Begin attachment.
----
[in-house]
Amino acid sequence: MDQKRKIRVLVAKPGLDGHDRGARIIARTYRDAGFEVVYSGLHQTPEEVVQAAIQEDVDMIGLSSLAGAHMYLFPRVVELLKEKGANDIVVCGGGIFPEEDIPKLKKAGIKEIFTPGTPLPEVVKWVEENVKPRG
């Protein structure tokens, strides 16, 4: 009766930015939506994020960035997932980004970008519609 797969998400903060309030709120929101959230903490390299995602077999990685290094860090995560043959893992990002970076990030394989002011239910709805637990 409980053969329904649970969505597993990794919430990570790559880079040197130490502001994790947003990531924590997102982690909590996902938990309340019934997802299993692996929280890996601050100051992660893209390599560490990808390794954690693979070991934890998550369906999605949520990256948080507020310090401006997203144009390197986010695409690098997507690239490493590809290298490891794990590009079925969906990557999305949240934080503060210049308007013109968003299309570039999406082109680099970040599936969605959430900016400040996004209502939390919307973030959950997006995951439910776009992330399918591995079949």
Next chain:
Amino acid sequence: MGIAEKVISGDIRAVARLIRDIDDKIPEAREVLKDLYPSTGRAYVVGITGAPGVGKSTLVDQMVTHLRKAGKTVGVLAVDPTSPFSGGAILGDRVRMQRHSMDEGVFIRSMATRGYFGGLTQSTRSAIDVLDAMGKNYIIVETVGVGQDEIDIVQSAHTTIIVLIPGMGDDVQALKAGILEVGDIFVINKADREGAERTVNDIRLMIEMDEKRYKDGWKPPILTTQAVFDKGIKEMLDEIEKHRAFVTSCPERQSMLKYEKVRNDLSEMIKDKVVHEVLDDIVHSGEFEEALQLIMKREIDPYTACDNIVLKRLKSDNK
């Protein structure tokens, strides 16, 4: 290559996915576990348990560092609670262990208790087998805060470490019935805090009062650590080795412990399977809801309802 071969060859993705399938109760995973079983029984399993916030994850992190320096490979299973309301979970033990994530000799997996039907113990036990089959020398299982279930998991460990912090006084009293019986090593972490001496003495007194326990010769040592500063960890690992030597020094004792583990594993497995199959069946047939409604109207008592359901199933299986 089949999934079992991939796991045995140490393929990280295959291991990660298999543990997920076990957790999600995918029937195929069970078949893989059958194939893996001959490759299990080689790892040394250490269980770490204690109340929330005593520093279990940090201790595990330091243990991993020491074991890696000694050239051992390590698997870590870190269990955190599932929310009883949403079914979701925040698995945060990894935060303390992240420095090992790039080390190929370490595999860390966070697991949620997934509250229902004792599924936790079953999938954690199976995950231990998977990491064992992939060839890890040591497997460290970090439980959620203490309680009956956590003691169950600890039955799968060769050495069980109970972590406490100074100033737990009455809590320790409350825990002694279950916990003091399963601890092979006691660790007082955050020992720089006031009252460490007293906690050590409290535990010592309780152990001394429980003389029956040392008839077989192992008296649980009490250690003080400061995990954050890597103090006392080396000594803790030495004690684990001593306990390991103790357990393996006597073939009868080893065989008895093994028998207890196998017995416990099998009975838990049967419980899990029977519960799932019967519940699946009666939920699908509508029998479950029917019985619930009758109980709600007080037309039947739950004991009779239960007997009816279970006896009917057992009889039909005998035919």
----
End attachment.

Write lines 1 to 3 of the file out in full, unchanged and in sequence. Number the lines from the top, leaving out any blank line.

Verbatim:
[in-house]
Amino acid sequence: MDQKRKIRVLVAKPGLDGHDRGARIIARTYRDAGFEVVYSGLHQTPEEVVQAAIQEDVDMIGLSSLAGAHMYLFPRVVELLKEKGANDIVVCGGGIFPEEDIPKLKKAGIKEIFTPGTPLPEVVKWVEENVKPRG
């Protein structure tokens, strides 16, 4: 009766930015939506994020960035997932980004970008519609 797969998400903060309030709120929101959230903490390299995602077999990685290094860090995560043959893992990002970076990030394989002011239910709805637990 409980053969329904649970969505597993990794919430990570790559880079040197130490502001994790947003990531924590997102982690909590996902938990309340019934997802299993692996929280890996601050100051992660893209390599560490990808390794954690693979070991934890998550369906999605949520990256948080507020310090401006997203144009390197986010695409690098997507690239490493590809290298490891794990590009079925969906990557999305949240934080503060210049308007013109968003299309570039999406082109680099970040599936969605959430900016400040996004209502939390919307973030959950997006995951439910776009992330399918591995079949």